Why Your Brand Needs to Be a Youtility

Ellen DeGeneres crashed Twitter with her Oscars selfie, but your business does not need access to Hollywood A-listers to make your own mark. On March 25, author Jay Baer and Anna Hrach of digital agency ethology showed how simply providing useful content can make your brand more valuable to your audience.

In their webinar “Help Not Hype: How to Create Content Your Customers Actually Want,” Baer and Hrach asserted that the key to creating customer relationships in the digital world is providing content that is inherently useful to people instead of pushing self-promotional advertising that might capture interest for a moment but fails to create long-term engagement. According to Hrach, formulating a strategy that balances the goals of your brand with the needs of your audience is essential to understanding how to support your business by providing content that your customers actually want and need.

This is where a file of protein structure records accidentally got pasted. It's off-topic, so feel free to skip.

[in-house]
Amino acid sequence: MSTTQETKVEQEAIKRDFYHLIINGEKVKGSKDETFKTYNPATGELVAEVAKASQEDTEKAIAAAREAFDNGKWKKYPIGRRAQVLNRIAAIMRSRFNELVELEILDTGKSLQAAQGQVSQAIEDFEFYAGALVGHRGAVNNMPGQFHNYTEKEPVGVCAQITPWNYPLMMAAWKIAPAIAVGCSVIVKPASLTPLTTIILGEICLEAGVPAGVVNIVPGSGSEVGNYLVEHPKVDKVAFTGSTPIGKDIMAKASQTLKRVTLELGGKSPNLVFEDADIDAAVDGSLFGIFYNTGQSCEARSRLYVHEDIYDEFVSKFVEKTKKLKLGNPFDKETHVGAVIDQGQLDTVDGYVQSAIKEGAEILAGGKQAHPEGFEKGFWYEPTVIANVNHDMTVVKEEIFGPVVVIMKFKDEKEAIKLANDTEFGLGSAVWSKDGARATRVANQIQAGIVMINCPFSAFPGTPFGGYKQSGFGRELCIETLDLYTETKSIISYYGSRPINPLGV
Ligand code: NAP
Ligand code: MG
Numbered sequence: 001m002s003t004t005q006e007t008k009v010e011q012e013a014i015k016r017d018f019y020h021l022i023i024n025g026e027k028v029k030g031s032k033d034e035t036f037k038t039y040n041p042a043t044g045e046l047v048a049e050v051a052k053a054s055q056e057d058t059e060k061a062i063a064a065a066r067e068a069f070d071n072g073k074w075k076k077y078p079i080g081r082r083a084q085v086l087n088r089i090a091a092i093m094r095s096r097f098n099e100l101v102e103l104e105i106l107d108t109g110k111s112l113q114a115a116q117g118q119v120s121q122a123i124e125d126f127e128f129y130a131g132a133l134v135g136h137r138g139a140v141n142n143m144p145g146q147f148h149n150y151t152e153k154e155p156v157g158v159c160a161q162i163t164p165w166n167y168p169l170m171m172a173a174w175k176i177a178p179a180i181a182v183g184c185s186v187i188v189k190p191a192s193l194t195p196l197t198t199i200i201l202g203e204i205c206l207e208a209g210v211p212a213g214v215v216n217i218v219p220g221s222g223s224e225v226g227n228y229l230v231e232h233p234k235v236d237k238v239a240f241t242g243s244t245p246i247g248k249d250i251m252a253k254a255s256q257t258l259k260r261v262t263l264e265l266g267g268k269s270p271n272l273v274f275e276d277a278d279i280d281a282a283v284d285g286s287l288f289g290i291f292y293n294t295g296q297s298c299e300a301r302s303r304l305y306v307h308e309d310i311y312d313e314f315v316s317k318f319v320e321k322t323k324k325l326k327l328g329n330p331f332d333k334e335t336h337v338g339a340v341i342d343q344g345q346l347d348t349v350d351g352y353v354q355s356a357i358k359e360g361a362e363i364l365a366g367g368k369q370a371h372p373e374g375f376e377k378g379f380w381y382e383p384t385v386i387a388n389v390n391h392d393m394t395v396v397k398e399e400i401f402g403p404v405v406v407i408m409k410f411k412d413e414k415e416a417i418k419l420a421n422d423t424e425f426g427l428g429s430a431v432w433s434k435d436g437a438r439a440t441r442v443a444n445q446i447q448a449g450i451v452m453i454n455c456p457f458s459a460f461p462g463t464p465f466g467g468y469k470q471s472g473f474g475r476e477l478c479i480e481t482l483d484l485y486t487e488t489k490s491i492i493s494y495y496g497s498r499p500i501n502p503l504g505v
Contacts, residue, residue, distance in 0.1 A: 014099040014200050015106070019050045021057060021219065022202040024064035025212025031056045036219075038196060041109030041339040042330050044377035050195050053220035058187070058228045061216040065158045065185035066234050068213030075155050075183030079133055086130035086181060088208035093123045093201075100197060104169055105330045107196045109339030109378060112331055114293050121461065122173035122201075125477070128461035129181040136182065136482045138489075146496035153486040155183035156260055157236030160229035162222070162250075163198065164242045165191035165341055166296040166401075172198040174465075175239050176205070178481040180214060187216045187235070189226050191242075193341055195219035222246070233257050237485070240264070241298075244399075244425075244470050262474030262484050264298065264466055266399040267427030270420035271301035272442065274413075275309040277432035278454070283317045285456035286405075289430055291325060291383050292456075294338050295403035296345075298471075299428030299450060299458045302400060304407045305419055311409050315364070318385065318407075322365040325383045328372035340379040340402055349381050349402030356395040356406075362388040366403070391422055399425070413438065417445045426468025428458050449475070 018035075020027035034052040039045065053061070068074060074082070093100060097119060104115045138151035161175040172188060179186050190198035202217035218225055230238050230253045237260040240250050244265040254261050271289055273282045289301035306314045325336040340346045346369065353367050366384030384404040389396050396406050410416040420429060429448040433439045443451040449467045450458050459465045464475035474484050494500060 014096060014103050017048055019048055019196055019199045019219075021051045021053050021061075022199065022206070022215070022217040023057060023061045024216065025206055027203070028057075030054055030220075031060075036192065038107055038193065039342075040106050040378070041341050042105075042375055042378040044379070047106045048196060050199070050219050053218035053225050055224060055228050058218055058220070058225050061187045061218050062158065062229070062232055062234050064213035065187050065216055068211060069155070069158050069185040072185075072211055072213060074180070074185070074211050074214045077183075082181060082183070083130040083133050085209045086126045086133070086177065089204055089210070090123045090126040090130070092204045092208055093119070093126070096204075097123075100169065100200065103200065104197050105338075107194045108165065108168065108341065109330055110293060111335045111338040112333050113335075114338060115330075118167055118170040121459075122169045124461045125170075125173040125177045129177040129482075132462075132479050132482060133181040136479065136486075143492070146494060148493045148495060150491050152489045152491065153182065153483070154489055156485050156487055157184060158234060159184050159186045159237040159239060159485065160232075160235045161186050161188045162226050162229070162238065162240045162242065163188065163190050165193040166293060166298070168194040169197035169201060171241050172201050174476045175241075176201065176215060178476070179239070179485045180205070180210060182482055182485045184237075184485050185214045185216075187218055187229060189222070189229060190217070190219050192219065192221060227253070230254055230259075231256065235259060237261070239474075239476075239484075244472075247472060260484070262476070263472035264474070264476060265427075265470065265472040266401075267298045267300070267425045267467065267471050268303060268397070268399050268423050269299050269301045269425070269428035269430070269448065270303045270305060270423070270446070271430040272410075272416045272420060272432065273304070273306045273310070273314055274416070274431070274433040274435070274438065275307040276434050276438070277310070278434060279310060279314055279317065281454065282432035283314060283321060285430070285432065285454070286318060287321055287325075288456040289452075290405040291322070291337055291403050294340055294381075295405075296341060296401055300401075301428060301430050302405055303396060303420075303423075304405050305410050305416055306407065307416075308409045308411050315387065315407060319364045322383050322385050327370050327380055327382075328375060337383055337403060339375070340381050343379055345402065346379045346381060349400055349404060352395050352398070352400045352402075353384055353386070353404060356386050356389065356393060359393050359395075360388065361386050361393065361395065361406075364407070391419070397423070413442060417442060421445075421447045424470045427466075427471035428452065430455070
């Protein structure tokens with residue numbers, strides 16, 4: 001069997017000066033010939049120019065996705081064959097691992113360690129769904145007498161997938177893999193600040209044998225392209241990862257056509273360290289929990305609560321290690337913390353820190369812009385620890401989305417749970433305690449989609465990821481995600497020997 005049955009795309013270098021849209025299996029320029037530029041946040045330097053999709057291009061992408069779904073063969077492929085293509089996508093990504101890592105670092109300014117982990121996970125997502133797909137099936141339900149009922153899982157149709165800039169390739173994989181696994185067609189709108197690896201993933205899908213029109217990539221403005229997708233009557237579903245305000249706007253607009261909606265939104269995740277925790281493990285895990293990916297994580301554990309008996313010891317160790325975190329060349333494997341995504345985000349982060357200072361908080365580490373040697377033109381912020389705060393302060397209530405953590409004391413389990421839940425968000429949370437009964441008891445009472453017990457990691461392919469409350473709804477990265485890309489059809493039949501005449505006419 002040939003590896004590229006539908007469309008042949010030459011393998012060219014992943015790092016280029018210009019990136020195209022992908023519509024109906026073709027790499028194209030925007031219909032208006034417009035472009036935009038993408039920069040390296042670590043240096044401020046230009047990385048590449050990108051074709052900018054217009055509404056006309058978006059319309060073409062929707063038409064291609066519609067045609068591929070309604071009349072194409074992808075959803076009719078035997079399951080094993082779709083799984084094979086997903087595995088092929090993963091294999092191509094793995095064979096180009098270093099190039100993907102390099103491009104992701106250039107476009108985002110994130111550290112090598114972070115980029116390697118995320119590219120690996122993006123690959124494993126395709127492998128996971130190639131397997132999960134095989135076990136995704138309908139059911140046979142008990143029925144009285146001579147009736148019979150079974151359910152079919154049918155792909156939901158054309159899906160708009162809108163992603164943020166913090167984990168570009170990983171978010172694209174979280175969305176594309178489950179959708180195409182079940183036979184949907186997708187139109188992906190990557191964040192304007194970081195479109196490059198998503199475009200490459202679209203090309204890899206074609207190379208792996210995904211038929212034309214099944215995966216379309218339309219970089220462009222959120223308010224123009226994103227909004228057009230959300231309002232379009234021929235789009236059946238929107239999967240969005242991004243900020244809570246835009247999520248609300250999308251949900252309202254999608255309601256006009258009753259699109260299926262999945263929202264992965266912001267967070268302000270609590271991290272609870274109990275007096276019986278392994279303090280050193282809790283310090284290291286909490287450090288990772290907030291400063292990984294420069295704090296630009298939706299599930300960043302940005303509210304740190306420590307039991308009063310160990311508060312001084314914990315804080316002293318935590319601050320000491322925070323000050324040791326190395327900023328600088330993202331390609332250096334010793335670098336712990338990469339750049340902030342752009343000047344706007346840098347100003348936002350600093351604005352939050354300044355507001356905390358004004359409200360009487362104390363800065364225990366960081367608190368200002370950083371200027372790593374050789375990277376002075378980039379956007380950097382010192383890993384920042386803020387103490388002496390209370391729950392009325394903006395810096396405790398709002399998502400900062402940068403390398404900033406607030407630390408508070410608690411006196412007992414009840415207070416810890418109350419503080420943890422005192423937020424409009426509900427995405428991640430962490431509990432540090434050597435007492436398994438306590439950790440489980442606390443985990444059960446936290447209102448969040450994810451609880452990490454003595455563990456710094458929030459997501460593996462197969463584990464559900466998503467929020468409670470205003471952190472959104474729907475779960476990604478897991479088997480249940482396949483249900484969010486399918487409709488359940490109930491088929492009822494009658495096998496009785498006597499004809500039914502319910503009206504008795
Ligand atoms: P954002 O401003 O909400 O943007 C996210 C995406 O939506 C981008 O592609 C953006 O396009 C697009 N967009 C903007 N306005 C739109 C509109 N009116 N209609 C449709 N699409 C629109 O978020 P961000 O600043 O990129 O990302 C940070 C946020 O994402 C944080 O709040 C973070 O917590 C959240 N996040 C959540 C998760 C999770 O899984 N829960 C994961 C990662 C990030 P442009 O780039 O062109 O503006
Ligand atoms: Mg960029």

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Source: ethology

Baer drew upon his book Youtility: Why Smart Marketing Is about Help Not Hype to state the case for why brands need to focus more on the unsexy attribute of being useful to hold the attention of your audience. Because both consumers and businesses are flooding the digital world with their own content, ironically businesses are competing with their own customers for attention. The solution for businesses is to avoid the temptation to simply stand out for a few seconds with marketing stunts and hype-filled headlines but rather become trusted utilities that people will want to come back to time and again for useful information that enriches our lives.

Baer

Source: ethology

“You must do more than create content,” he asserted. “You have to make youtility, or content so useful that people would pay for it. Youtility is marketing that people cherish, not tolerate.”